Use this URL to cite or link to this record in EThOS: https://ethos.bl.uk/OrderDetails.do?uin=uk.bl.ethos.558213
Title: Detection and characterization of HIV-1 specific T cell responses amongst exposed and unexposed HIV-1 seronegative individuals
Author: Campion, Suzanne Lorraine
ISNI:       0000 0004 2723 0332
Awarding Body: University of Oxford
Current Institution: University of Oxford
Date of Award: 2012
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Abstract:
The primary aim of this thesis was to examine whether HIV-1 specific T cell responses in HIV-1 exposed seronegative (HESN) subjects could be firstly detected and if so, conferred protection against productive infection from HIV-1. Cultured IFN-γ ELISpot found 38.7-60% of HESN subjects had detectable HIV-1 specific T cell responses. HIV-1 specific T cell responses could be titrated, were typically mediated by CD4+ T cells and tended to map to previously defined, promiscuous epitopes. In a statistically powered, retrospective study, no evidence was found to support a role for pre-existing HIV-1 specific T cell responses in either protection against or risk of HIV-1 infection. Exposure to HIV-1 impacted upon detection of pre-existing HIV-1 specific T cell responses, in terms of frequency (p=0.01), magnitude (p=0.02) and maintenance of response. This suggests, that exposure to HIV-1 was truly priming HIV-1 specific T cell responses. However, exposure to HIV-1 was not a prerequisite and HIV-1 specific T cell responses were detectable amongst HIV-1 unexposed seronegative (HUSN) donors. Similar to HESN, HIV-1 specific T cell responses detected amongst HUSN, could be mapped to the peptide level, titrated and were predominately mediated by CD4+ T cells. These T cells were shown to be detectable amongst memory CD4+ T cell subsets, suggesting they were not the result of in vitro priming. Whilst sample size was low, HIV-1 specific T cell responses, detected amongst HUSN donors were shown to be oligoclonal in TCRVβ usage. The detection of memory CD4+ HIV-1 specific T cell responses amongst HUSN opens a broader debate about the ontogeny of HIV-1 specific T cell responses, the inherent properties of the adaptive immune system and its preponderance toward degeneracy and cross reactivity. Greater understanding of these fundamental immunology questions should, improve our understanding of T cell ontogeny and hopefully prove beneficial in the design of a novel therapeutic vaccine for HIV-1.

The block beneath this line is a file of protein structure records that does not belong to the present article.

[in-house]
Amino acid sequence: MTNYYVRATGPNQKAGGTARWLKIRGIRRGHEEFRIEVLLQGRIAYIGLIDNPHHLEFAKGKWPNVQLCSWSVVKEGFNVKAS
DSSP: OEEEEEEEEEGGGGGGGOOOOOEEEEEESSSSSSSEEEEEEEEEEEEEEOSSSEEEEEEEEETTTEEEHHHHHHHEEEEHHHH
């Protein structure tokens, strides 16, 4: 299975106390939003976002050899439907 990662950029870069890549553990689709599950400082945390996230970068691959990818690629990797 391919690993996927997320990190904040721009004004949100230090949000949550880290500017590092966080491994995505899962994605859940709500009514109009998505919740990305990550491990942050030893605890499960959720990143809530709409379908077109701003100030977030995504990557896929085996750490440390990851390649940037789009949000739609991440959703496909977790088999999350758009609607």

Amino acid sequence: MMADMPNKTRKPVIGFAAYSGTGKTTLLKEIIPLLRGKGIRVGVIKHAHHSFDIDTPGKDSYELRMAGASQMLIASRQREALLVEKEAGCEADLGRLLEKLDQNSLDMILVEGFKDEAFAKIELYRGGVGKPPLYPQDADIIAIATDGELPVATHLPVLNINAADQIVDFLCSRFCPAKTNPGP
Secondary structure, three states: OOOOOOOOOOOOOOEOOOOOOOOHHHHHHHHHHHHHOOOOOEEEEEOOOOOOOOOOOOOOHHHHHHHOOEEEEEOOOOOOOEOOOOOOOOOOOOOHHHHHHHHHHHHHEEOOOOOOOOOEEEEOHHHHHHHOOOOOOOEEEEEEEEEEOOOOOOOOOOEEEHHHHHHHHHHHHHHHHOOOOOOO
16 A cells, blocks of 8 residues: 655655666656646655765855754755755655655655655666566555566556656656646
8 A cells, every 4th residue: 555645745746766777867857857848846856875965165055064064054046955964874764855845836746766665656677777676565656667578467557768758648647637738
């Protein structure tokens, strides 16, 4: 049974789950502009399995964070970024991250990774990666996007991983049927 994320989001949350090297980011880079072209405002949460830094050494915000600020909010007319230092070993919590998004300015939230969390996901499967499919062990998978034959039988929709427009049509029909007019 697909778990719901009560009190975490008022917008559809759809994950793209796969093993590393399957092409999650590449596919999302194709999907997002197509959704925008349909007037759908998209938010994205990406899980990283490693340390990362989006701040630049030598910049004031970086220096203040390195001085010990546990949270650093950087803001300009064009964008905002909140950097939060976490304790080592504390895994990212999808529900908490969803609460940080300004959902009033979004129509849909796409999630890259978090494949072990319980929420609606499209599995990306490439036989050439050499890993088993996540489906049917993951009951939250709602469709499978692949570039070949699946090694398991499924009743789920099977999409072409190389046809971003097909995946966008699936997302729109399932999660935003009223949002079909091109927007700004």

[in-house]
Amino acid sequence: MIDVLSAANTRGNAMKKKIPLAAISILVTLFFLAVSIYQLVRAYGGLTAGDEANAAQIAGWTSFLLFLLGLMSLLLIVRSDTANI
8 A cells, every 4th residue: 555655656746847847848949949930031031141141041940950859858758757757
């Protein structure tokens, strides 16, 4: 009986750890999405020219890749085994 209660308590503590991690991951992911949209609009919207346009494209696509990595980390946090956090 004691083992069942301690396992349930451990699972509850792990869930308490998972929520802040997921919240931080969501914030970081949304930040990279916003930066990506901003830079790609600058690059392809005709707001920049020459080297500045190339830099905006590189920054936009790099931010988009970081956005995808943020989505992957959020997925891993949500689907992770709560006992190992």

Supervisor: McMichael, Andrew ; Goonetilleke, Nilu Sponsor: Not available
Qualification Name: Thesis (Ph.D.) Qualification Level: Doctoral
EThOS ID: uk.bl.ethos.558213  DOI: Not available
Keywords: Tropical medicine ; Immunology ; HIV/AIDS ; Medical sciences
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